It is true that the Earth has been much warmer in it’s billions year long lifetime. This factual, yet flawed, statement has been used to downplay the impact of human driven climate change as skeptics say that global warming is just part of a natural cycle.

Image/data credit: NOAA

If we go through the geologic record, dating back nearly half a billion years, we can identify periods of time where global temperatures rose as high as 90 degrees- much, much higher than our current average of around 58 degrees Fahrenheit! 

However, these hottest phases of our ancient climate happened long before humans ever walked the Earth with the most recent peak, the Paleocene-Eocene Thermal Maximum (PETM), occurring more than 50 million years ago- a time where you’d find palm trees and crocodiles above the ice-free Arctic Circle. 

An artist’s interpretation to what the late Paleocene looked on an Earth with no ice caps and an average global temperature as high as 73 degrees.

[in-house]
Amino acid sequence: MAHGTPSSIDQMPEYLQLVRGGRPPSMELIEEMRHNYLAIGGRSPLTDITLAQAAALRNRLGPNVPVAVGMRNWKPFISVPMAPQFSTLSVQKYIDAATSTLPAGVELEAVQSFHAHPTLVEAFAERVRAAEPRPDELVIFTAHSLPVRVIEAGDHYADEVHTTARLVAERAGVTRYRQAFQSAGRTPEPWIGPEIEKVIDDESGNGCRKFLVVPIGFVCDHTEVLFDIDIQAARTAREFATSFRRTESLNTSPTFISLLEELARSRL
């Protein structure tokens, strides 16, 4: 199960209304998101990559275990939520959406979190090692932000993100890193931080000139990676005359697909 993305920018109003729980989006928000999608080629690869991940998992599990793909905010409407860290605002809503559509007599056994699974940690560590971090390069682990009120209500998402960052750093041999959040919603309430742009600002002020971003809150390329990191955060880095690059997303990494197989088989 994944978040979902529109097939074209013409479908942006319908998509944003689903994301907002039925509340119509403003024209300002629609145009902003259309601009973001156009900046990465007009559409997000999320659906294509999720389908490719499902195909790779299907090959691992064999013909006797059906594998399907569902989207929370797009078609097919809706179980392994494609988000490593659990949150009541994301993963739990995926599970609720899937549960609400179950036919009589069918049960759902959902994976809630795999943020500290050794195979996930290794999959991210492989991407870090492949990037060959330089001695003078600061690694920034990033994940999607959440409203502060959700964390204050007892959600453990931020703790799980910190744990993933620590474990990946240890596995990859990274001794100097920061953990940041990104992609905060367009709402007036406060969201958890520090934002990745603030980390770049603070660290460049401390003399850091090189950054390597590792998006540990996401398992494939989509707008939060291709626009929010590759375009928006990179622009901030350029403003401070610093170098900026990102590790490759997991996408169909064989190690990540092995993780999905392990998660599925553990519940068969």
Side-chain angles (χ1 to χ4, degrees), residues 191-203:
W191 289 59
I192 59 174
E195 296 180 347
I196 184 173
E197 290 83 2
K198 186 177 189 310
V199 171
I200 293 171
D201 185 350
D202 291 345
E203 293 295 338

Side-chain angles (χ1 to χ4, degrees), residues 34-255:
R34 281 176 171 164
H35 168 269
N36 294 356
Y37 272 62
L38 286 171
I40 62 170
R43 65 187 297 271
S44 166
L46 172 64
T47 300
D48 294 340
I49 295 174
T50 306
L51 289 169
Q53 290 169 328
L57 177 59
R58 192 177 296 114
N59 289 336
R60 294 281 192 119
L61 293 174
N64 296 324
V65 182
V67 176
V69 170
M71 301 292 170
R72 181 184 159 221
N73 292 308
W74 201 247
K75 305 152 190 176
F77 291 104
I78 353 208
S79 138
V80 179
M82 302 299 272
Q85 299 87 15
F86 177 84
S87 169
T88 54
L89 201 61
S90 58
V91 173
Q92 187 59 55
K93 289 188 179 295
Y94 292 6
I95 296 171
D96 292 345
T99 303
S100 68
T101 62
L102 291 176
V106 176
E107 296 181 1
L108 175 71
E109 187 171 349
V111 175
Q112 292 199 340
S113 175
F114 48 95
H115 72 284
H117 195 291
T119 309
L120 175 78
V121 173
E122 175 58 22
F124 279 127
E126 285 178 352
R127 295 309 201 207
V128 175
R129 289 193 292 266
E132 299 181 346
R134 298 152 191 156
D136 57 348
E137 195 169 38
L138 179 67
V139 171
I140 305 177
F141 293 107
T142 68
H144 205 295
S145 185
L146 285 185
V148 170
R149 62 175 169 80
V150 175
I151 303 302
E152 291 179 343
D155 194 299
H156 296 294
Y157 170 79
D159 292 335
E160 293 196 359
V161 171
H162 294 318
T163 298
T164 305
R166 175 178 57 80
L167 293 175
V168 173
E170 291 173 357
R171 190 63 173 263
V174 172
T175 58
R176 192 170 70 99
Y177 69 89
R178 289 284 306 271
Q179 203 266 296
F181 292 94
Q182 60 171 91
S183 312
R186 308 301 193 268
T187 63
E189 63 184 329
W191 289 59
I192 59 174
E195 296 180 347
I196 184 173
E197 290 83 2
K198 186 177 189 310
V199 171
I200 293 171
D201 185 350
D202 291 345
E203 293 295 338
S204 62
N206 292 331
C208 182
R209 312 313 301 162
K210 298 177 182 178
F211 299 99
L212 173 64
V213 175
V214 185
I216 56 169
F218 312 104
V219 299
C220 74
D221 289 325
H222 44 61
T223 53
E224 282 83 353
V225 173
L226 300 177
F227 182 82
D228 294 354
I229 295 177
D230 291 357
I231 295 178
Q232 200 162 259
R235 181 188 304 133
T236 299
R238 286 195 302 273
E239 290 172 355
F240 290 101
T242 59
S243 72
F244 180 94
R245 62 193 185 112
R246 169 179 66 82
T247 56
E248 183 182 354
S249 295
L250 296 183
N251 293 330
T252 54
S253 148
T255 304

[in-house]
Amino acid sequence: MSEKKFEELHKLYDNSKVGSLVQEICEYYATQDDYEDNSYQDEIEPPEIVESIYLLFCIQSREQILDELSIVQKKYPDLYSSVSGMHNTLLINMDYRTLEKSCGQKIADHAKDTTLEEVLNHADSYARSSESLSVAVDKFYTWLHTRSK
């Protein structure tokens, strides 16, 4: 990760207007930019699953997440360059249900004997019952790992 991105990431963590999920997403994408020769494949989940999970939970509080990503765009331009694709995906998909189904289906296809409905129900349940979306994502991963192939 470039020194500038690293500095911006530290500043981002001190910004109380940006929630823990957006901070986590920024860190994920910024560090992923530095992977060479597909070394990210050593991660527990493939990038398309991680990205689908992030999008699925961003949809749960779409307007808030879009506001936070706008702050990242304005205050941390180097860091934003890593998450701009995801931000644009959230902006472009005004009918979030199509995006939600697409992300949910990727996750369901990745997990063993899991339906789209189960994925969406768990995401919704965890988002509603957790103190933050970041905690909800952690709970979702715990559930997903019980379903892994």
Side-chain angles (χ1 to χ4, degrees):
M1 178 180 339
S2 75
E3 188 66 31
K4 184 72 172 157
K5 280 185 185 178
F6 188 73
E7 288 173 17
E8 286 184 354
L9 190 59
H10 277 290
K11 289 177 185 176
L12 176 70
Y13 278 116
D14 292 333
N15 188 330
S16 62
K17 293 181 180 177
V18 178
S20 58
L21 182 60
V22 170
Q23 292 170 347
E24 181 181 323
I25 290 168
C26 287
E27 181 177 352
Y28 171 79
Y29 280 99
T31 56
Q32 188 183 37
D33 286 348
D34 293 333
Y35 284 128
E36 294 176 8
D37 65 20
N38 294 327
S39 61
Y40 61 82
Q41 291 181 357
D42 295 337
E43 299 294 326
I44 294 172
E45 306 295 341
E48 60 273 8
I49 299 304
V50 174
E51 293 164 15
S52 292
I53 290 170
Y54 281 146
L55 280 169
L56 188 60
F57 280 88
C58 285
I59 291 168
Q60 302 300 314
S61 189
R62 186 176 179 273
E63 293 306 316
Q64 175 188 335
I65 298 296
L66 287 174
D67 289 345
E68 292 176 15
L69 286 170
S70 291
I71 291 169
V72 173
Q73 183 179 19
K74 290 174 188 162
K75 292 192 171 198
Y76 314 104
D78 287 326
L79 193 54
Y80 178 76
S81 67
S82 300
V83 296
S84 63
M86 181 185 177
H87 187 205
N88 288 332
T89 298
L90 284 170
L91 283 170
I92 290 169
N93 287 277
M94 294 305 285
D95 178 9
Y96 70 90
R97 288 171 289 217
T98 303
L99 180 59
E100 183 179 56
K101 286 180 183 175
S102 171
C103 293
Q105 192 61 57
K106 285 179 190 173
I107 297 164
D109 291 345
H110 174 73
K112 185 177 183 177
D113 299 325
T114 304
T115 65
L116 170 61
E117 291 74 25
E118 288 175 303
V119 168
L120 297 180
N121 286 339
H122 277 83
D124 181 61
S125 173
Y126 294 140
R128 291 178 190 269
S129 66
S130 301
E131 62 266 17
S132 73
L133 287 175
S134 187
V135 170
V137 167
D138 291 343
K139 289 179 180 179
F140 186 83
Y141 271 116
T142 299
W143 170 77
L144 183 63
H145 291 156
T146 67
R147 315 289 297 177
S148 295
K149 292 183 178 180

Image credit: USGS

Since the start of modern human civilization, roughly 10,000 years ago, global temperatures have remained relatively stable and cool compared to earlier times in our planet’s history. We’ve established our agriculture, civilizations, our general way of life in this climate- but now we’re facing the fact that this climate is changing as more greenhouse gases are released into the atmosphere. 

An increase in greenhouse gases, released by volcanic eruptions and other natural processes, likely also caused the rapid warming trend that peaked with the PETM. However, this warm up took roughly 20,000 years- today’s will only take 200. 

Global temperature trends since modern human civilization began roughly 10,000 years ago.
Image/data credit: NOAA

This astonishingly fast rate of warming can’t be attributed to the natural processes that have warmed the planet in the past, but instead has been “indisputably proven” to be a direct result of human actions that have left Earth warmer than it’s been in recorded human history. 

Storm Team 2 Meteorologist David Dickson